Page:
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Complete moduli in the presence of semiabelian group action
 Ann. of Math
"... Abstract. I prove the existence, and describe the structure, of moduli space of pairs (P, Θ) consisting of a projective variety P with semiabelian group action and an ample Cartier divisor on it satisfying a few simple conditions. Every connected component of this moduli space is proper. A component ..."
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Cited by 103 (7 self)
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Abstract. I prove the existence, and describe the structure, of moduli space of pairs (P, Θ) consisting of a projective variety P with semiabelian group action and an ample Cartier divisor on it satisfying a few simple conditions. Every connected component of this moduli space is proper. A component containing a projective toric variety is described by a configuration of several polytopes the main of which is the secondary polytope. On the other hand, the component containing a principally polarized abelian variety provides a moduli compactification of Ag. The main irreducible component of this compactification is described by an ”infinite periodic ” analog of secondary polytope and coincides with the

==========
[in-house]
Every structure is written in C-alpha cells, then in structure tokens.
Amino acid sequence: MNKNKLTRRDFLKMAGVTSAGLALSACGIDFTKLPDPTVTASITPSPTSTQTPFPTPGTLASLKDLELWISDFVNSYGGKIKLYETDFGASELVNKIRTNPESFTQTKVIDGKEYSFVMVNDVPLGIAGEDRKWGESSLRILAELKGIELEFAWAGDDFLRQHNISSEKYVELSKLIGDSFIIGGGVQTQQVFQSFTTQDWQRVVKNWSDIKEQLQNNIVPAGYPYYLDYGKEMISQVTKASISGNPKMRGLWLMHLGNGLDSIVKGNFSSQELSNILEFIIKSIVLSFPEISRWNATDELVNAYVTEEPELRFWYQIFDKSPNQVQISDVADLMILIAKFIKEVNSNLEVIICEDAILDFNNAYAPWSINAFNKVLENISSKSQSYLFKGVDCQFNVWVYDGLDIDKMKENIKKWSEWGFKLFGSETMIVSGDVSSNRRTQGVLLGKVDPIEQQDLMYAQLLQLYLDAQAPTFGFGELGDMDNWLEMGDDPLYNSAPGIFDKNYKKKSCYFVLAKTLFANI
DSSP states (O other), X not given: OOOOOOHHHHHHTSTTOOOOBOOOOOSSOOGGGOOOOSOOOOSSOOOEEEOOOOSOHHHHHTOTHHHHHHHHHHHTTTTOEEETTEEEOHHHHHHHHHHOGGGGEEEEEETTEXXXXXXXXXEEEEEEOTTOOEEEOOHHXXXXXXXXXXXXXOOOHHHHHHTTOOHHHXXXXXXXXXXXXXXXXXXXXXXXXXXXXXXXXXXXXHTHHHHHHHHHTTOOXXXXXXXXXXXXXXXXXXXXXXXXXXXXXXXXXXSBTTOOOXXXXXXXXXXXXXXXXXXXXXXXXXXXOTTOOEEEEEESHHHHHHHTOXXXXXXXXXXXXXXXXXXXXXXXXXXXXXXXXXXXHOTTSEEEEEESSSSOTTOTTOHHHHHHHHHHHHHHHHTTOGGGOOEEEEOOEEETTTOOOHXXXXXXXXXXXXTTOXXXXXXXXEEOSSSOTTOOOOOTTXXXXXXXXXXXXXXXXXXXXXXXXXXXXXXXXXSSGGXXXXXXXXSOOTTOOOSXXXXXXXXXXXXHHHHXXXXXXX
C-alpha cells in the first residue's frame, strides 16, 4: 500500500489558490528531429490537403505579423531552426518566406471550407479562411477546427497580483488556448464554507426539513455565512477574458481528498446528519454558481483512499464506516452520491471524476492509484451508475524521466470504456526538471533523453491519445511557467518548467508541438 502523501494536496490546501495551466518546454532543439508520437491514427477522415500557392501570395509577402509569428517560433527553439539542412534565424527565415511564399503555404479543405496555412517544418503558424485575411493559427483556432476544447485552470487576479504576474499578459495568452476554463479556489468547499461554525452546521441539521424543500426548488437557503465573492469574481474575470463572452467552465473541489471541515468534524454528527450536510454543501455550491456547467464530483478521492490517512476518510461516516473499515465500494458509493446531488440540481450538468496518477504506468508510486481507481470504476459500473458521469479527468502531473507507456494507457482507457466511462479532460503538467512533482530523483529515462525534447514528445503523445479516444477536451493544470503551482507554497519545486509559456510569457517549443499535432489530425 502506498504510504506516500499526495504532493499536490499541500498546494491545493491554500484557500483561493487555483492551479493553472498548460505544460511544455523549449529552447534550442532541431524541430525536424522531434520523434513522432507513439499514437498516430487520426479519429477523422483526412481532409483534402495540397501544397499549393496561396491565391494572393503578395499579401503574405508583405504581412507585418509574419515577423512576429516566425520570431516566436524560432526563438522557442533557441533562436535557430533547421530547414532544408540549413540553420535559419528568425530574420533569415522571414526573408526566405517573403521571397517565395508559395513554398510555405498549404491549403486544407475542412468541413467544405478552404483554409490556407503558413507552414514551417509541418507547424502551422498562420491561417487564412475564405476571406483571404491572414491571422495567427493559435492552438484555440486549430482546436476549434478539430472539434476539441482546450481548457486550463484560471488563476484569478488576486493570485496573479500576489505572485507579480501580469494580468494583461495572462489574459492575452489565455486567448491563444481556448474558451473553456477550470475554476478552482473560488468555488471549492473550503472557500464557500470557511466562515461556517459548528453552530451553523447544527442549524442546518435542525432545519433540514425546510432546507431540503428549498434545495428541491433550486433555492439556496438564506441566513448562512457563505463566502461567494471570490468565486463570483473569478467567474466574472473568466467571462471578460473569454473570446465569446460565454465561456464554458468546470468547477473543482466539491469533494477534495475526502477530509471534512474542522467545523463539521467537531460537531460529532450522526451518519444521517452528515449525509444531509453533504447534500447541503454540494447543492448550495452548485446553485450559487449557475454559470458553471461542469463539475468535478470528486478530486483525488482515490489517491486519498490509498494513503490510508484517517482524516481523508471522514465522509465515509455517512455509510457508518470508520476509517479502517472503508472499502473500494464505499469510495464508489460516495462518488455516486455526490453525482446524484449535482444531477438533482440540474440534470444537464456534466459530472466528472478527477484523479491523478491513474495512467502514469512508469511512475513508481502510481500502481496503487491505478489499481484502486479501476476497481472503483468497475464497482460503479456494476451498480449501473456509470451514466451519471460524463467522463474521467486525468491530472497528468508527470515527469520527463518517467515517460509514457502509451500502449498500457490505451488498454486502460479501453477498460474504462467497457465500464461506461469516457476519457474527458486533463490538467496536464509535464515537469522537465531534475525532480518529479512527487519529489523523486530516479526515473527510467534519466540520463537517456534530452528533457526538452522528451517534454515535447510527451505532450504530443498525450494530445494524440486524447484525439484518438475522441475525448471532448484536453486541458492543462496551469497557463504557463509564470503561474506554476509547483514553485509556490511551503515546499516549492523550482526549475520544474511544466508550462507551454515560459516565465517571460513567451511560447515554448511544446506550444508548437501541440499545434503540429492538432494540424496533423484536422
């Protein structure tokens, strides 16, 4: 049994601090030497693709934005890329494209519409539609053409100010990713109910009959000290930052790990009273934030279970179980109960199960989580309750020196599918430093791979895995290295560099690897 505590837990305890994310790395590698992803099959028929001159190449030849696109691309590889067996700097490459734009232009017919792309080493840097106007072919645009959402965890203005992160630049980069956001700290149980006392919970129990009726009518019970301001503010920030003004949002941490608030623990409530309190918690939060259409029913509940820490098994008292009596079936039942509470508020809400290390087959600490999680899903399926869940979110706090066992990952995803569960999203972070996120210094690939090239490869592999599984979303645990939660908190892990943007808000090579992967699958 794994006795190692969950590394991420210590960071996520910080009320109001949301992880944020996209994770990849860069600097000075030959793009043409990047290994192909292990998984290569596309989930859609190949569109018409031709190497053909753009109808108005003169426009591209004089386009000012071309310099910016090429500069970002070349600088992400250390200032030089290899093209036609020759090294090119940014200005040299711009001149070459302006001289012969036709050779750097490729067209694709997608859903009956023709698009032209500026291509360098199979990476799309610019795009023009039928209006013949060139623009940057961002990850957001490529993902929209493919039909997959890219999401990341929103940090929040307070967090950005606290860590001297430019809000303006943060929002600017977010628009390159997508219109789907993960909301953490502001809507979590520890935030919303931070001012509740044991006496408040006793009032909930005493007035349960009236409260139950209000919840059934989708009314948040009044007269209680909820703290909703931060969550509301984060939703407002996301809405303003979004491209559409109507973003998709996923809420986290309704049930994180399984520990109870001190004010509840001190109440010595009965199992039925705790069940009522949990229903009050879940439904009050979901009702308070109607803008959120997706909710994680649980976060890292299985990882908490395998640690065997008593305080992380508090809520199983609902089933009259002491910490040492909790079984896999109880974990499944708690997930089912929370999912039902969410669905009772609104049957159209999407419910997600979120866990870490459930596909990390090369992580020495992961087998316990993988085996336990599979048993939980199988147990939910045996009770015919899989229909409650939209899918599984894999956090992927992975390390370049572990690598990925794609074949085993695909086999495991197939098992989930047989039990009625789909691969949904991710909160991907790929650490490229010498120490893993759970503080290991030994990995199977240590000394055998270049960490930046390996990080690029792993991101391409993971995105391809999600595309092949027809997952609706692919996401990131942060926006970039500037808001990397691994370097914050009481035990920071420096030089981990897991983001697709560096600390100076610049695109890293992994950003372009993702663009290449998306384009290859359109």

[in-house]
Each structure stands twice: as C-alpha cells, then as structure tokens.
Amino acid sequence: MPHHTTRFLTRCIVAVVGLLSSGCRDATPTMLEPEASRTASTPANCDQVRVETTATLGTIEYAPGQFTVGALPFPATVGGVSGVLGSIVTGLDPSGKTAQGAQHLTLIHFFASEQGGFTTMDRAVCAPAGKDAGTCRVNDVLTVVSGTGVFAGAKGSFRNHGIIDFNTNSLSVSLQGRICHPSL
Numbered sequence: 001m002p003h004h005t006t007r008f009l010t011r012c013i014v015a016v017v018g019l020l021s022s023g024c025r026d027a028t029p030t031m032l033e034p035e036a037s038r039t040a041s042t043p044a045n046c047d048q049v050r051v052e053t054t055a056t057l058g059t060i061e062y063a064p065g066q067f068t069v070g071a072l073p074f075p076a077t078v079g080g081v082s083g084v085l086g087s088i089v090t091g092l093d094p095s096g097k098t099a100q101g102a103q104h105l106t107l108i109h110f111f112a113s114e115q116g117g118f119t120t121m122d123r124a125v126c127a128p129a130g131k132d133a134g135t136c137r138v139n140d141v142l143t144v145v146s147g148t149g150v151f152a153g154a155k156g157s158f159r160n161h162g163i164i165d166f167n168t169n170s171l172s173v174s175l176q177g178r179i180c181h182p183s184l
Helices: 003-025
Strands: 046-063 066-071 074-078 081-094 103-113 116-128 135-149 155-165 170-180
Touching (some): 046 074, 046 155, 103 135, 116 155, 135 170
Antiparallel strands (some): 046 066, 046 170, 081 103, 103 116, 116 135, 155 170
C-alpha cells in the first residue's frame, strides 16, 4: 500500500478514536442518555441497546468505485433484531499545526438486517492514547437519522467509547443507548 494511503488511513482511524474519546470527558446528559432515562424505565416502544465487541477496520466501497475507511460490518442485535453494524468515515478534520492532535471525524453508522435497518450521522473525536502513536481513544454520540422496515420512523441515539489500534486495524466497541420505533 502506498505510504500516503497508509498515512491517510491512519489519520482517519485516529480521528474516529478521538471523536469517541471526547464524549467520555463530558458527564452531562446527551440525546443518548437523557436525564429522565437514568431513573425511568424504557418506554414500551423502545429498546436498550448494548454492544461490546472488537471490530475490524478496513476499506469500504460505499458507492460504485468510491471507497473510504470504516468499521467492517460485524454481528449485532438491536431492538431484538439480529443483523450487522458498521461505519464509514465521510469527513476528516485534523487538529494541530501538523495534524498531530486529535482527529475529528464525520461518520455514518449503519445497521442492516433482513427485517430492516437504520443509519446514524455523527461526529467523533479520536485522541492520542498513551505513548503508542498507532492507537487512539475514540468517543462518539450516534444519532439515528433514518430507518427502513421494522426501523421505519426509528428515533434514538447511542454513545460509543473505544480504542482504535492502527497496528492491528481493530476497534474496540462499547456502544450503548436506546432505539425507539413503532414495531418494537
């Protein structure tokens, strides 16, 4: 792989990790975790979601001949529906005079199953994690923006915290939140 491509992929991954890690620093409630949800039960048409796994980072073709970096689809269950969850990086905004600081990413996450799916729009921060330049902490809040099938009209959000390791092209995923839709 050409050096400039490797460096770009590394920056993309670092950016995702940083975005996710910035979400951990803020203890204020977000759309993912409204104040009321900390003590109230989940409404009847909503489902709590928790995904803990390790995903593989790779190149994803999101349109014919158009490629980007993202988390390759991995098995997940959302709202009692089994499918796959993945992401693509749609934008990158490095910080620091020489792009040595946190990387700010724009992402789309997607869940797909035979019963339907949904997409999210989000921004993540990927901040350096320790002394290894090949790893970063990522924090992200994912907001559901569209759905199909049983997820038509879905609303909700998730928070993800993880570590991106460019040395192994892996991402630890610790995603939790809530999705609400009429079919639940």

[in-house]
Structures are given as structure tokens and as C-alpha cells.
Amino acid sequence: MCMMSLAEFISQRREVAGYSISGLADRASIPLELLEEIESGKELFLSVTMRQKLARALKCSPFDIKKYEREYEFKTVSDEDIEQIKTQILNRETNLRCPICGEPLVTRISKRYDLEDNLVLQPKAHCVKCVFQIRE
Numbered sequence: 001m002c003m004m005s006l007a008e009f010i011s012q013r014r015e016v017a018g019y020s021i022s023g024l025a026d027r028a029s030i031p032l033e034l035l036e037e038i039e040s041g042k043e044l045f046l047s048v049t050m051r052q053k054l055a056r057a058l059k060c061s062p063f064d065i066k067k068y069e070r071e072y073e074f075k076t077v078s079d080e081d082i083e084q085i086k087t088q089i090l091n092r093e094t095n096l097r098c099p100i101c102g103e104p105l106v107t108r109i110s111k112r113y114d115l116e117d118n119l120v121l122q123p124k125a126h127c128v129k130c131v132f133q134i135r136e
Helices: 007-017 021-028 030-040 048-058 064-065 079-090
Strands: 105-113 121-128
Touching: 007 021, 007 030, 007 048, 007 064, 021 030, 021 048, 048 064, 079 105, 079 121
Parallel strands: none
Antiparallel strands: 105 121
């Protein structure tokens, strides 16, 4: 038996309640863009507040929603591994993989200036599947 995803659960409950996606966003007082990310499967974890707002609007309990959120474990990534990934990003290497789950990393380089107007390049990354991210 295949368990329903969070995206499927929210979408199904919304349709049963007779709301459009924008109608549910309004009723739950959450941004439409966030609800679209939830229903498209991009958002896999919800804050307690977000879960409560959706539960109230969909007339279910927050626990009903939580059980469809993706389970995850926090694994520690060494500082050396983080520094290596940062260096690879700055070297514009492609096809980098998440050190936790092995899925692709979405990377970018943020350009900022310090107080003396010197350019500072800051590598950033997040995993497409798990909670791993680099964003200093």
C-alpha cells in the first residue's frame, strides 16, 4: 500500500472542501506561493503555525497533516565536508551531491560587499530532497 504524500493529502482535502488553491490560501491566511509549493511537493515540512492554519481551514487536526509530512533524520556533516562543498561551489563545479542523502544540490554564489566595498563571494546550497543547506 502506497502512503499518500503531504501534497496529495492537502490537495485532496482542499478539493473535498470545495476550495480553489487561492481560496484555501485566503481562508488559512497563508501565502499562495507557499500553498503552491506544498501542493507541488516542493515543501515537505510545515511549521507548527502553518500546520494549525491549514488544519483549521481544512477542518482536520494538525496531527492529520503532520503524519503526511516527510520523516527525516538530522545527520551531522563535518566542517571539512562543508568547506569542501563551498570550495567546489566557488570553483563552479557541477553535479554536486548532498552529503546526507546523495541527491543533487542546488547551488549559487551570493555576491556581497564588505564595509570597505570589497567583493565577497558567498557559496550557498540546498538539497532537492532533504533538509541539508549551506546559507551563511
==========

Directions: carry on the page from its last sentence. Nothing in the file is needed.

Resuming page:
Root polytopes and growth series of root lattices
 SIAM J. Discrete Math
"... Abstract. The convex hull of the roots of a classical root lattice is called a root polytope. We determine explicit unimodular triangulations of the boundaries of the root polytopes associated to the root lattices An, Cn and Dn, and compute their fand hvectors. This leads us to recover formulae fo ..."
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Cited by 18 (1 self)